Investigation of stable and transient protein–protein interactions: Past, present, and future

Authors

  • Armand G. Ngounou Wetie,

    1. Biochemistry & Proteomics Group, Department of Chemistry & Biomolecular Science, Clarkson University, Potsdam, NY, USA
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  • Izabela Sokolowska,

    1. Biochemistry & Proteomics Group, Department of Chemistry & Biomolecular Science, Clarkson University, Potsdam, NY, USA
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  • Alisa G. Woods,

    1. Biochemistry & Proteomics Group, Department of Chemistry & Biomolecular Science, Clarkson University, Potsdam, NY, USA
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  • Urmi Roy,

    1. Biochemistry & Proteomics Group, Department of Chemistry & Biomolecular Science, Clarkson University, Potsdam, NY, USA
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  • Joseph A. Loo,

    Corresponding author
    • Department of Biological Chemistry and Department of Chemistry & Biochemistry, UCLA Molecular Biology Institute and UCLA-DOE Institute for Genomics and Proteomics, University of California–Los Angeles (UCLA), Los Angeles, CA, USA
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  • Costel C. Darie

    Corresponding author
    • Biochemistry & Proteomics Group, Department of Chemistry & Biomolecular Science, Clarkson University, Potsdam, NY, USA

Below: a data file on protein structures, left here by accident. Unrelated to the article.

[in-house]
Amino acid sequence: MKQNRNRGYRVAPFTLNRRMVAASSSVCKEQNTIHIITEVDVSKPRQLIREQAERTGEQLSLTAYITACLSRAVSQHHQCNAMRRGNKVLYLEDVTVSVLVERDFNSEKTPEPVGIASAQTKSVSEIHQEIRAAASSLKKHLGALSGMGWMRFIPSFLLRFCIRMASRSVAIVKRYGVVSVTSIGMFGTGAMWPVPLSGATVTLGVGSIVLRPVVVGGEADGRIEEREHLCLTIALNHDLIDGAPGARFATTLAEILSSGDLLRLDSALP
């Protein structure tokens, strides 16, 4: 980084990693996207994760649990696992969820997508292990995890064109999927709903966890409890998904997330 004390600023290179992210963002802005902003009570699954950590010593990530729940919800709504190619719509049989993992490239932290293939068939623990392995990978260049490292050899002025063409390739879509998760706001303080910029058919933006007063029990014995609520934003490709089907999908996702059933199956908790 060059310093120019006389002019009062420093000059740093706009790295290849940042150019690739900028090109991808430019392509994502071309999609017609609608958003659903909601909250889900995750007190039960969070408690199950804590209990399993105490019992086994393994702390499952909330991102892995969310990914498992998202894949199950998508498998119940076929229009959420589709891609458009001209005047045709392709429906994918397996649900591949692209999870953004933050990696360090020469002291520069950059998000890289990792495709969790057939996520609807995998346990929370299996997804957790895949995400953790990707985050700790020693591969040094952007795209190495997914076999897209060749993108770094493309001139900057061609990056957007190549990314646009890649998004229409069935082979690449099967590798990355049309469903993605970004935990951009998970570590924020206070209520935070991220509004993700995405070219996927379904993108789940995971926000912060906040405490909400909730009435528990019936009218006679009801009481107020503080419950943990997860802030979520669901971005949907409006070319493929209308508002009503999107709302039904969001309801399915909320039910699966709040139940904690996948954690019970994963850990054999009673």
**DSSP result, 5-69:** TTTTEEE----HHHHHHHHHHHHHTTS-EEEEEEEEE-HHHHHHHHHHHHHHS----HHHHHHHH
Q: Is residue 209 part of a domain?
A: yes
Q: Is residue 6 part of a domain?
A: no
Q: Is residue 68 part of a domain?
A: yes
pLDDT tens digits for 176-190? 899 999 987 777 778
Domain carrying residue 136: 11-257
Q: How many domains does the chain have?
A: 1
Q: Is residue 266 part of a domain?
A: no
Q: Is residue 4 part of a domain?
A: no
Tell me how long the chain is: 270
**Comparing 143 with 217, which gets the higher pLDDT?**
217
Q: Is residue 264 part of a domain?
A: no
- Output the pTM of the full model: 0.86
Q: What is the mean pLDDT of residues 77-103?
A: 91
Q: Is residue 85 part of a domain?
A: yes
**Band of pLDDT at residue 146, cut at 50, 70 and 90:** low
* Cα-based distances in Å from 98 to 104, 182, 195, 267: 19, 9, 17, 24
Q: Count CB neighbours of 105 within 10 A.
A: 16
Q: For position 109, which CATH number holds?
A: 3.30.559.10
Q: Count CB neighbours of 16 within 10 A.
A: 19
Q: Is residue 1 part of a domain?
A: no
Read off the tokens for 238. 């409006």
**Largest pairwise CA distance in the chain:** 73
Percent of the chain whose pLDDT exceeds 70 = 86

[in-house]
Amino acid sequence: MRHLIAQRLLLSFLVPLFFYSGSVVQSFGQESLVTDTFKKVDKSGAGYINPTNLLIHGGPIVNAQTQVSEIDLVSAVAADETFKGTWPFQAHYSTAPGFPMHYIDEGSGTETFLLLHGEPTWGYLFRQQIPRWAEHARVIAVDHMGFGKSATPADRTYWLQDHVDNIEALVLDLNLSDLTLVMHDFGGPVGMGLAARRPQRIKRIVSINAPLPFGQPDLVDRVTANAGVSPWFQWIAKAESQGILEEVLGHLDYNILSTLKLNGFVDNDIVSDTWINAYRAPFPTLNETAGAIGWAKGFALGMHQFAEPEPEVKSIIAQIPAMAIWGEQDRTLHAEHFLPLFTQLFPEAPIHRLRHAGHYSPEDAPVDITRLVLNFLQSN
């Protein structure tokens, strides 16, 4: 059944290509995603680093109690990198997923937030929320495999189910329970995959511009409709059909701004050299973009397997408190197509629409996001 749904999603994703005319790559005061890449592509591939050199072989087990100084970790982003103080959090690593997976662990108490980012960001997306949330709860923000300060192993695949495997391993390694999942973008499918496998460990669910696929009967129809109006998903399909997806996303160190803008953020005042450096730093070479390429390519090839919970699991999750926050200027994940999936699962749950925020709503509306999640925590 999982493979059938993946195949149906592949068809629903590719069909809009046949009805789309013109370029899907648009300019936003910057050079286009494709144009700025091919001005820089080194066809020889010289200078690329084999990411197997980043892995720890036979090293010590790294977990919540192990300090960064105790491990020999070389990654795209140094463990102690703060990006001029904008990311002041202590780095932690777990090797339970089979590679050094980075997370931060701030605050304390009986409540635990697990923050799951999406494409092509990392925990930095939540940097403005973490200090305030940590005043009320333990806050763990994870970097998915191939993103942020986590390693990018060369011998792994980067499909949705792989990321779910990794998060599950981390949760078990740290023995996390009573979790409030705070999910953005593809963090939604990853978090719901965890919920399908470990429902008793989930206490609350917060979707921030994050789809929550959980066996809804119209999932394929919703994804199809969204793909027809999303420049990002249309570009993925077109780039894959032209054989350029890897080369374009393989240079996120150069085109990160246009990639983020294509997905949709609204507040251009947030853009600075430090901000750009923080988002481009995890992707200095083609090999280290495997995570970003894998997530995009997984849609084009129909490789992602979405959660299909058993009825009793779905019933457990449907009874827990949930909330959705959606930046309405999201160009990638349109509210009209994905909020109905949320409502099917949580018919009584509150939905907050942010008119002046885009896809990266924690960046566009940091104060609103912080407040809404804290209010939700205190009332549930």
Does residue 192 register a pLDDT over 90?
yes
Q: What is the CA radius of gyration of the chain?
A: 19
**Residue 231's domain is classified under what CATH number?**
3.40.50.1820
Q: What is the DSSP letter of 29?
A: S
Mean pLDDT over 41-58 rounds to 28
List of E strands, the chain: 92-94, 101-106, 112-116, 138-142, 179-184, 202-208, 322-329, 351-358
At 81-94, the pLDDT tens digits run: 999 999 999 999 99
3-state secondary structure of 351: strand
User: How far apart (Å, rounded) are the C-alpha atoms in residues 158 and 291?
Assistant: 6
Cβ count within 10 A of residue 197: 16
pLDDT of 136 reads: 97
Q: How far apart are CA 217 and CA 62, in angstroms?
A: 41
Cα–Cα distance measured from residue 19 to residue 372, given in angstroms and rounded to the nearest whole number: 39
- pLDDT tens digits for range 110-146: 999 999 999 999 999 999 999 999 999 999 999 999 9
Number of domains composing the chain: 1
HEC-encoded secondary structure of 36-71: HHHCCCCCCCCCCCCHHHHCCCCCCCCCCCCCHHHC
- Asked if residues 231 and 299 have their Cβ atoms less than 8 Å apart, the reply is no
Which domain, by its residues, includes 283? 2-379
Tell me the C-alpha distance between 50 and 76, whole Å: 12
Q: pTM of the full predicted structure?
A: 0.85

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  • Colour Online: See the article online to view Figs. 1–4 in colour.

Correspondence: Dr. Costel C. Darie, Biochemistry & Proteomics Group, Department of Chemistry & Biomolecular Science, Clarkson University, 8 Clarkson Avenue, Potsdam, NY 13699-5810, USA

E-mail: cdarie@clarkson.edu

Fax: +1 315 268-6610

Additional corresponding author: Dr. Joseph A. Loo,

E-mail: jloo@chem.ucla.edu

Abstract

This article presents an overview of the literature and a review of recent advances in the analysis of stable and transient protein–protein interactions (PPIs) with a focus on their function within cells, organs, and organisms. The significance of PTMs within the PPIs is also discussed. We focus on methods to study PPIs and methods of detecting PPIs, with particular emphasis on electrophoresis-based and MS-based investigation of PPIs, including specific examples. The validation of PPIs is emphasized and the limitations of the current methods for studying stable and transient PPIs are discussed. Perspectives regarding PPIs, with focus on bioinformatics and transient PPIs are also provided.

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